Coast Guard Cutter Walnut returns home after two-month patrol

HONOLULU — The crew of the U.S. Coast Guard Cutter Walnut, a 225-foot Juniper-Class buoy tender, arrived in Honolulu Wednesday after a two-month long multi-mission patrol.

The Walnut’s commanding officer, Cmdr. Jeffrey Randall, and his crew of 50, arrived home after traveling more than 5,000 miles, visiting three foreign countries and two U.S. territories.

During the cutter’s patrol, Walnut crewmembers serviced aids to navigation in American Samoa, conducted joint boardings with Australian fisheries officers, exercised a Tongan shiprider agreement, participated in tsunami rebuilding in Samoa, and transported a technician from the University of Hawaii to Canton, Kiribati, and the U.S. territory of Johnston Island.

The cutter’s first stop was in Nuku’alofa, Tonga, for international engagement with the Tongan Defense Services (TDS). After hosting a reception in port and conducting law enforcement discussions with TDS leaders, the Walnut embarked TDS and Tongan Ministry of Fisheries Officers to exercise a U.S.-Tonga shiprider agreement. This agreement, which was signed at a ceremony in August 2009 by Rear Adm. Manson K. Brown, the commander of the 14th Coast Guard District, and Va’inga Tone, Tonga’s Secretary of Foreign Affairs, allows U.S. Coast Guard cutters to embark a shiprider of the Tongan Defense Services to exercise Tongan enforcement authority.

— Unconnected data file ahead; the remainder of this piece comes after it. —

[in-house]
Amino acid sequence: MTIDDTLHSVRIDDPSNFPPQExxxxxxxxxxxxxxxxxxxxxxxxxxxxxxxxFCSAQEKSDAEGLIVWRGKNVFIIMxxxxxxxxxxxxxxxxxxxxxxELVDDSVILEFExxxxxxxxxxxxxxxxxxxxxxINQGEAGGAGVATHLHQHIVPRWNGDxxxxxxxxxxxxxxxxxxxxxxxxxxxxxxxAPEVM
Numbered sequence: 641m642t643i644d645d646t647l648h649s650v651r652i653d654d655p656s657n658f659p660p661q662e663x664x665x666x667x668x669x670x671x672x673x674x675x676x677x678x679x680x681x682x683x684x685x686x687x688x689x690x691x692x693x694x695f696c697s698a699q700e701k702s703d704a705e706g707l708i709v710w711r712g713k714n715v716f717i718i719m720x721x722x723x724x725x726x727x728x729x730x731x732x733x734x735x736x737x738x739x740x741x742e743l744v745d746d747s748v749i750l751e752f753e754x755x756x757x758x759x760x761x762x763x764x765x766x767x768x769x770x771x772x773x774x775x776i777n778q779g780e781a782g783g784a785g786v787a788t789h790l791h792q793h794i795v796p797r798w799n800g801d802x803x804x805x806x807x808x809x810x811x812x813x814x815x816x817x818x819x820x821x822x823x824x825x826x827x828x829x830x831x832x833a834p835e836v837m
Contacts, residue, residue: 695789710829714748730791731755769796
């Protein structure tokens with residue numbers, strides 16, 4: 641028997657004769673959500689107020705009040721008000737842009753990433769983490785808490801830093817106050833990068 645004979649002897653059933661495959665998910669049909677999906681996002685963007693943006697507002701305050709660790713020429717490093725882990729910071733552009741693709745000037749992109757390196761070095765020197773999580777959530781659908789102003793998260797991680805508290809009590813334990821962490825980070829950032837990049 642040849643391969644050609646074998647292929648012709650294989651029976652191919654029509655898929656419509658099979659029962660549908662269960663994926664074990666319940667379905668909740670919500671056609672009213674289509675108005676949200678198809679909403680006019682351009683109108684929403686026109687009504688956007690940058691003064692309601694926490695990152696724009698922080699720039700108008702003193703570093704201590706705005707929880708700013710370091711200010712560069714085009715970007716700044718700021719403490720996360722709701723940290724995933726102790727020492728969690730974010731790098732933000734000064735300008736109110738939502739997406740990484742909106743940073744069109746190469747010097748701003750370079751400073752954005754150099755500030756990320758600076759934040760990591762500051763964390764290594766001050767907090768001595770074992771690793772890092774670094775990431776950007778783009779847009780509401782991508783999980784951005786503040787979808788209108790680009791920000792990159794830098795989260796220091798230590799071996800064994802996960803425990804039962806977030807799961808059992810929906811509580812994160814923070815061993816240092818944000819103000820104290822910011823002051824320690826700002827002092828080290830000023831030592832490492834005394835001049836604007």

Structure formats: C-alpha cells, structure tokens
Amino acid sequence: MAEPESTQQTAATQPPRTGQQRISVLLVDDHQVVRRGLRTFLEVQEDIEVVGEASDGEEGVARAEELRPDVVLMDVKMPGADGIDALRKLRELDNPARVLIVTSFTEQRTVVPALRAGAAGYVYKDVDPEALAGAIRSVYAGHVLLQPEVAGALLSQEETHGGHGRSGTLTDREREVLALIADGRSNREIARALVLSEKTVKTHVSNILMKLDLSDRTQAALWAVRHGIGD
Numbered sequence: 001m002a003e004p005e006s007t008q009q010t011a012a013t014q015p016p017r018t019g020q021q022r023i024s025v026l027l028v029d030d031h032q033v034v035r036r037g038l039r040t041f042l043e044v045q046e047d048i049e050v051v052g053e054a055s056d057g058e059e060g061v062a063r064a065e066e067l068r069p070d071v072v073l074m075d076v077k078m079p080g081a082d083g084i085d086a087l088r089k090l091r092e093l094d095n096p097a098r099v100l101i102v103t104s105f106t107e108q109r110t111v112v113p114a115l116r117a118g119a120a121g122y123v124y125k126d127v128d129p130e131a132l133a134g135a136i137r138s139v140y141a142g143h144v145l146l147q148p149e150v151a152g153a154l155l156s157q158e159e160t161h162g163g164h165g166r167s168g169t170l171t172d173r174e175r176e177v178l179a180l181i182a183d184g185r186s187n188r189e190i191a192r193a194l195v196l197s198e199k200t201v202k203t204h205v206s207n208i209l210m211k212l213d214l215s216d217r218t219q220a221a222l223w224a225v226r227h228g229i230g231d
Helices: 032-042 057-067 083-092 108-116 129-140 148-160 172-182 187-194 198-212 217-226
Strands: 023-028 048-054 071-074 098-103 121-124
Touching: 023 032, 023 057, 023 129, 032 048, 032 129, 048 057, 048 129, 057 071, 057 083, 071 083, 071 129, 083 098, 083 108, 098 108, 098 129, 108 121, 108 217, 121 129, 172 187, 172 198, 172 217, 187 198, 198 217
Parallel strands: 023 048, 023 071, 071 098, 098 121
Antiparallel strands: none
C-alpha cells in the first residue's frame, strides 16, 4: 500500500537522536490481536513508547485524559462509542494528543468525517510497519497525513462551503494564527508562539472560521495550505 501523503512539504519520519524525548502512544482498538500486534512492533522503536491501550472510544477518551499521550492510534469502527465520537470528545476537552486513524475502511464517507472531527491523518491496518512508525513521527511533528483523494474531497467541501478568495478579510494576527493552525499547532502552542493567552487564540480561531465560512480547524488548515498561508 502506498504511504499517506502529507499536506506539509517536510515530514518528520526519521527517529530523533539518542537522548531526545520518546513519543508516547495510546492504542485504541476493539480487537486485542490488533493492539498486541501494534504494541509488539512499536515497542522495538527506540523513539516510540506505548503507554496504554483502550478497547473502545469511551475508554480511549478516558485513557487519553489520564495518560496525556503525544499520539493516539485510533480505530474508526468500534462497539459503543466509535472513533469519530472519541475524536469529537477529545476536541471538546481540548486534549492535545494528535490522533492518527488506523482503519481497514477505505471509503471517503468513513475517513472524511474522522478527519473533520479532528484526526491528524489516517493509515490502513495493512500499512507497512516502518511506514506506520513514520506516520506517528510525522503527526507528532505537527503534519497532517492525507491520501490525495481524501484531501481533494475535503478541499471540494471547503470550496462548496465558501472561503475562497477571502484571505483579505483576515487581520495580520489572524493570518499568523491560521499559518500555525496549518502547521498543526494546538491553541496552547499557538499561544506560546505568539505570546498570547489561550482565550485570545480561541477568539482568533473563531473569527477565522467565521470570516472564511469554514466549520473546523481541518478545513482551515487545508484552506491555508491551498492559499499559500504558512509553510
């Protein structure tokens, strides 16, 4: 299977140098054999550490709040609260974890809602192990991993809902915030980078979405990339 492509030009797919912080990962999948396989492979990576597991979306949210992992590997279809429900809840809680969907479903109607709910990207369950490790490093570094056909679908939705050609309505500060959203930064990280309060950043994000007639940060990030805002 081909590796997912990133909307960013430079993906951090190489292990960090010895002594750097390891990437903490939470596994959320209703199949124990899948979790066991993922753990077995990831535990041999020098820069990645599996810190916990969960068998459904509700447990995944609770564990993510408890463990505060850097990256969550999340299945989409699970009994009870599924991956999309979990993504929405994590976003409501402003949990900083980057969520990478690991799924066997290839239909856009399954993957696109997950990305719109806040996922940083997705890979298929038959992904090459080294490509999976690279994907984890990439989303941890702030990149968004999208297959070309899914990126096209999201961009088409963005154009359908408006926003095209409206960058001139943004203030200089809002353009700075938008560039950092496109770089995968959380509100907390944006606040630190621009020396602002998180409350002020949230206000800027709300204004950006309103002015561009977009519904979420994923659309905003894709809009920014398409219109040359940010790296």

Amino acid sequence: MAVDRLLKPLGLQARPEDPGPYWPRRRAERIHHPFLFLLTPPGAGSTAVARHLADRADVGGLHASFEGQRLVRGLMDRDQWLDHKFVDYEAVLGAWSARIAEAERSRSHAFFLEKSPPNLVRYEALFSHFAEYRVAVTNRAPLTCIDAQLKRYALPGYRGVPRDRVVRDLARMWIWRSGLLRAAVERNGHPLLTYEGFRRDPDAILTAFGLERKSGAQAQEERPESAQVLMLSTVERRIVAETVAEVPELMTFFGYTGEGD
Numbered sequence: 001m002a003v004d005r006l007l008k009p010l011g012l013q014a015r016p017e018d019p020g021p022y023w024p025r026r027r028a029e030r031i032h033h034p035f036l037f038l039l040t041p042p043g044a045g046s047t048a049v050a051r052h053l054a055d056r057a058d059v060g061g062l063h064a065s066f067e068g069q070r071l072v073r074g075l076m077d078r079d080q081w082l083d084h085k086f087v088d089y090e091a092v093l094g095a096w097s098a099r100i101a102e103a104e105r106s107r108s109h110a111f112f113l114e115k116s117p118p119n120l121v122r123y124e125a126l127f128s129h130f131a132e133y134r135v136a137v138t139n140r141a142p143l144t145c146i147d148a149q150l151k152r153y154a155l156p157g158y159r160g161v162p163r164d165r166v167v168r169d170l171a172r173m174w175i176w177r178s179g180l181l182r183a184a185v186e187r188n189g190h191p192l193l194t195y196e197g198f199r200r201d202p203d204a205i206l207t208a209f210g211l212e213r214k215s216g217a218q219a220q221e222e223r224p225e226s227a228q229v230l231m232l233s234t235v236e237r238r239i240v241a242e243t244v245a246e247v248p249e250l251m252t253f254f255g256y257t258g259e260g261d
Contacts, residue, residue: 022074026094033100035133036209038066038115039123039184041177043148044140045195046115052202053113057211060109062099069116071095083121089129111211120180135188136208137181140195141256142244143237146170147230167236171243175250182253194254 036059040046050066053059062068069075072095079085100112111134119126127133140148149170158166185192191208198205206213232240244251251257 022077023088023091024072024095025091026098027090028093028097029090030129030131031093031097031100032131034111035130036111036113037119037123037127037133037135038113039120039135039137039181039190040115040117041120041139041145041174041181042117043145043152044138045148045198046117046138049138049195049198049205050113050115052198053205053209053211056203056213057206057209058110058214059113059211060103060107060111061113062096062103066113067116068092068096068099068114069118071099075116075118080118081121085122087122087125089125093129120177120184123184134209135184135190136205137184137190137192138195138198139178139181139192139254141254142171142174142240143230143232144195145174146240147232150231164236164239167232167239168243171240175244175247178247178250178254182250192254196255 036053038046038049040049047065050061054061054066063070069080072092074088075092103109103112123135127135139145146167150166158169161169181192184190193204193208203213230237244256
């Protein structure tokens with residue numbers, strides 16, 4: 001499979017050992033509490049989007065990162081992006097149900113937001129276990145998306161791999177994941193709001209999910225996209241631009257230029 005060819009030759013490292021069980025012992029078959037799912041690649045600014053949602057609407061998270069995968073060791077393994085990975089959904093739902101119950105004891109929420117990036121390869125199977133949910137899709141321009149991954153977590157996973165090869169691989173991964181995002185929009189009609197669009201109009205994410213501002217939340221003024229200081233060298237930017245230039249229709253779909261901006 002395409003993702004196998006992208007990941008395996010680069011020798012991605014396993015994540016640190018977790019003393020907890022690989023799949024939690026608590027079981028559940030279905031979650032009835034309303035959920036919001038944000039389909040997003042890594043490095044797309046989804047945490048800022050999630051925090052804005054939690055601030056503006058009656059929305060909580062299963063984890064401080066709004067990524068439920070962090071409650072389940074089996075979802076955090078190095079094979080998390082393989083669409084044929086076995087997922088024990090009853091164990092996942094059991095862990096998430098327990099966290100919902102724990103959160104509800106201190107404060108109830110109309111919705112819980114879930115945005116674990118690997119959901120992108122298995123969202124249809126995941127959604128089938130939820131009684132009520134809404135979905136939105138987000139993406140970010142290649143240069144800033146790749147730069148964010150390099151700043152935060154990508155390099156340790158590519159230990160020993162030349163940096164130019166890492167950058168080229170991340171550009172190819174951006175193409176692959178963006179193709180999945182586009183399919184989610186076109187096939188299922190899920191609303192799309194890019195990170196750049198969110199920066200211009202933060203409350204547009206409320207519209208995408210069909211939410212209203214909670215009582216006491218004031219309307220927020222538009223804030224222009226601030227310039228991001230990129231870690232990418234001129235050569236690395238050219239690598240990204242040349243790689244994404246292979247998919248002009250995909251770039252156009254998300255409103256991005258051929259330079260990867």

The crew then made their annual trip to Pago Pago, American Samoa, to service floating and fixed aids to navigation on the islands of Tutuila, Ta’u and Ofu. Many of the aids in this U.S. territory are in remote locations and reaching them requires carrying up to 90 pounds of equipment through thick, overgrown jungle. The efforts of the crew ensured that Pago Pago and other harbors remain open for vital supplies and shipping in this south Pacific region.

In addition to its law enforcement and aids to navigation missions, the Walnut’s crew dedicated their time in Nuku’alofa and Apia, Samoa, to deliver aid to schools, hospitals and shelters, provided by the U.S. government and donated by individuals among the crew. The crew also participated in various community service projects, including school repairs, a beach cleanup, and a playground relocation. Many members also helped build houses with Habitat for Humanity during the cutter’s port call in Apia, Samoa, for villages devastated by the September 2009 tsunami.

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